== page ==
1Heat oven to 350°F. Melt butter in a large frying pan over medium heat. When it begins to foam, add pineapple quarters cut side down and cook until nicely browned. Flip and repeat until second side is well browned.
2Remove the pan from heat and add brown sugar, cinnamon, star anise, cloves, vanilla seeds and pod, and about 1/2 of the rum. Place the pan in the oven and roast for 5 minutes. Turn over pineapple pieces and roast until pineapple is soft and caramelized, about 5 minutes more.
3Remove the pan from the oven, add remaining rum, and scrape to incorporate any of the browned bits into the liquid. Allow to cool, then remove pineapple and slice for serving. Remove spices and reserve remaining sauce for drizzling.
What's the difference between an ale and a lager? To find out, we visited Boomtown Brewery in Los Angeles, and met with Production Manager, Benjamin Turkel, to learn about the similarities and differences between the two beers. Benjamin took us through the different style points and production methods to learn ultimately what separates the two styles of brews.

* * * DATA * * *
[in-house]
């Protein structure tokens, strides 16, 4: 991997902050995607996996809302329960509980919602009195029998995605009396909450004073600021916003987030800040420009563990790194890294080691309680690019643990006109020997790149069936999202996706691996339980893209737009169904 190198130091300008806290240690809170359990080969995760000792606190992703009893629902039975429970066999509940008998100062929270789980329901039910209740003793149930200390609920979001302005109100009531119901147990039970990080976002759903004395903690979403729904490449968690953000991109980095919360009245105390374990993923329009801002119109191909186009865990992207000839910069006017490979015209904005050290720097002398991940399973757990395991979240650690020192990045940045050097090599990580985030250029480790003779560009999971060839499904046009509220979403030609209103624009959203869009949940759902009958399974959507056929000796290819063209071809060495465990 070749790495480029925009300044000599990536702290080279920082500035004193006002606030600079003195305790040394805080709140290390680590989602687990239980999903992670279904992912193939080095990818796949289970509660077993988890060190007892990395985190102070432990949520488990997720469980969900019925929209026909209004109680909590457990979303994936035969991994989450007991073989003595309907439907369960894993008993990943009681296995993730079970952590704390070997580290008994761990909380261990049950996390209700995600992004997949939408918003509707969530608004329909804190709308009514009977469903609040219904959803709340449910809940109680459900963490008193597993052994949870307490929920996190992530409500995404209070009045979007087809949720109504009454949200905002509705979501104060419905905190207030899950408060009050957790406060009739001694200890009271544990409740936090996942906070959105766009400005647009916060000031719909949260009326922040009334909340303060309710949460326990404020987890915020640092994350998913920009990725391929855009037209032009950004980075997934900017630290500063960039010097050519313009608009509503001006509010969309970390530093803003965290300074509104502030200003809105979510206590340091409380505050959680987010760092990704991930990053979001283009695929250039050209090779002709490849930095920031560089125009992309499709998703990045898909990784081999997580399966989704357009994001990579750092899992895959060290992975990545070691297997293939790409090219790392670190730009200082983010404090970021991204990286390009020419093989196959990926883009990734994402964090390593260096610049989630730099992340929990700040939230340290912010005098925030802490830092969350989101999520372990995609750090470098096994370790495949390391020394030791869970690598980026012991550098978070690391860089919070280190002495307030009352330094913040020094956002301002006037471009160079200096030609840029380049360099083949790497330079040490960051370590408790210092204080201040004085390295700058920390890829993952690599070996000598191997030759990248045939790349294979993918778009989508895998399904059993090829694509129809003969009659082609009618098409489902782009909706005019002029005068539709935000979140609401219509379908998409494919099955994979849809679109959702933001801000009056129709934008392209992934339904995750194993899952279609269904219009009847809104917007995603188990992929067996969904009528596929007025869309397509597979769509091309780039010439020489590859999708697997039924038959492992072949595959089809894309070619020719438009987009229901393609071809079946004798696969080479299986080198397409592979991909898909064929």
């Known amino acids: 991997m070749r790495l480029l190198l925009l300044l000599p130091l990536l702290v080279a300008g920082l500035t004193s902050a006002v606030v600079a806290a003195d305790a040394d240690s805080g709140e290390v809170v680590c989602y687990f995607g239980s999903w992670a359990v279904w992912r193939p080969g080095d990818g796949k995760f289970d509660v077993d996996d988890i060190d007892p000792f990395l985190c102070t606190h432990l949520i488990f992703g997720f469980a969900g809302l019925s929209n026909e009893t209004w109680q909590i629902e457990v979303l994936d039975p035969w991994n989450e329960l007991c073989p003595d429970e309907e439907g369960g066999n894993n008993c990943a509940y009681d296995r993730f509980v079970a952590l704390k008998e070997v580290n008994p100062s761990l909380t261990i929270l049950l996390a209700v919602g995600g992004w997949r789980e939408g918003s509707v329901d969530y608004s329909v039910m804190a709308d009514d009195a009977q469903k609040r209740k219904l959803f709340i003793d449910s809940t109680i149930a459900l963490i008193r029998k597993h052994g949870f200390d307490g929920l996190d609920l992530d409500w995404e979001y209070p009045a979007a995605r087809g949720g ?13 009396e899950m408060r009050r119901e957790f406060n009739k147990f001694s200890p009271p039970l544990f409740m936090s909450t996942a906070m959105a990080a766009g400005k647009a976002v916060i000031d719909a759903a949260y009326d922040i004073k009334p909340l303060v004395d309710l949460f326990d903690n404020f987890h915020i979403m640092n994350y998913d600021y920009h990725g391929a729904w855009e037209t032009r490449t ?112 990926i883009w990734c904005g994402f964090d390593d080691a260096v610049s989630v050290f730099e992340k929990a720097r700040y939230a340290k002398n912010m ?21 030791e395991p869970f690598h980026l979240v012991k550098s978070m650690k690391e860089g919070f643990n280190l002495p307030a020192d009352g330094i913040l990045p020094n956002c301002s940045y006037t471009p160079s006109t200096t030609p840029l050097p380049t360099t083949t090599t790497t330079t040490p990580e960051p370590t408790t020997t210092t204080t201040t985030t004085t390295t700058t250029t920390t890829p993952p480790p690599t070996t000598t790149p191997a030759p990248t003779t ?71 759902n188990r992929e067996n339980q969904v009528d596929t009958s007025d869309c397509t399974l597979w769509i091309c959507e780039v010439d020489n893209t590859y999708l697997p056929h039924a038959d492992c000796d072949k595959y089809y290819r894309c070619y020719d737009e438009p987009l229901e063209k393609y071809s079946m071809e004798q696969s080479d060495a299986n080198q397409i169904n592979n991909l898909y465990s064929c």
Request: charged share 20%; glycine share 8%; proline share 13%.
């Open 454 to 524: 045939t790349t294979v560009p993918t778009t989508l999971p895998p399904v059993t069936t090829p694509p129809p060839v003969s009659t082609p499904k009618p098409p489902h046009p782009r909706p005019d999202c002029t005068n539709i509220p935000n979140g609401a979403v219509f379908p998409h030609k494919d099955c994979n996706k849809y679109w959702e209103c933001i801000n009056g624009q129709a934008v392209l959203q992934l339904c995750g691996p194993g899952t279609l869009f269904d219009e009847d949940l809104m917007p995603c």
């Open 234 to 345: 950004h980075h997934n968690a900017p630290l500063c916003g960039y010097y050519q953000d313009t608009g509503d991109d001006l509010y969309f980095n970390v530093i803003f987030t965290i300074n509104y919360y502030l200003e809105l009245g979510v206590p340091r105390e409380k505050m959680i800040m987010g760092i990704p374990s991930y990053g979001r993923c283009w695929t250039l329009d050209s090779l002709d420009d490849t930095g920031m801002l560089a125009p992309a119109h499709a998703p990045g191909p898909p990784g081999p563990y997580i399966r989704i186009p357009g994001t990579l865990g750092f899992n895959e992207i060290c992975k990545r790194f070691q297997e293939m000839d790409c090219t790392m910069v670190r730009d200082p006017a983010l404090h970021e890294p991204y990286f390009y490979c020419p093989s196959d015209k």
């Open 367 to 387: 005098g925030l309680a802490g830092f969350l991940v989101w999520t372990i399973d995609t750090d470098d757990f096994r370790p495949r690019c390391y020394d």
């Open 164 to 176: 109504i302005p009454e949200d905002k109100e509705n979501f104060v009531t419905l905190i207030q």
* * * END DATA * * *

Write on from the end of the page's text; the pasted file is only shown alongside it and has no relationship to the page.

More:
In this episode of Chow-To, Guillermo meets with kawaii foods master Hiroyo Belmonte at the Japanese cultural center, Resobox to learn how to make Kazari Maki Sushi, also known as decorative or cute sushi. Peach blossoms, penguins and jack-o-lanterns are just some examples - kawaii overload!
Learn how to make the most adorable sushi DIY-style at home like a master sushi chef.
In this episode, Guillermo visits Chef Pierre Thiam at his fast casual restaurant, Teranga, where he serves Senegalese-inspired grain bowls— AKA, the ultimate power lunch. Chef Thiam's goal is to educate health-conscious American consumers on these superfoods, while also improving the lives of producers by restoring biodiversity to the planet through highly sustainable ancient crops. Together they make a Yassa Bowl using West African red rice, one of the super grains highest in nutritional value today.
In this week's episode of CHOW Happy Hour, Martin Cate of Smuggler's Cove in San Francisco makes the Pampanito, a rum cocktail made from sugarcane molasses and lemon juice. He reveals how his travels in Jamaica inspired the drink, but the name evolved back home in San Francisco.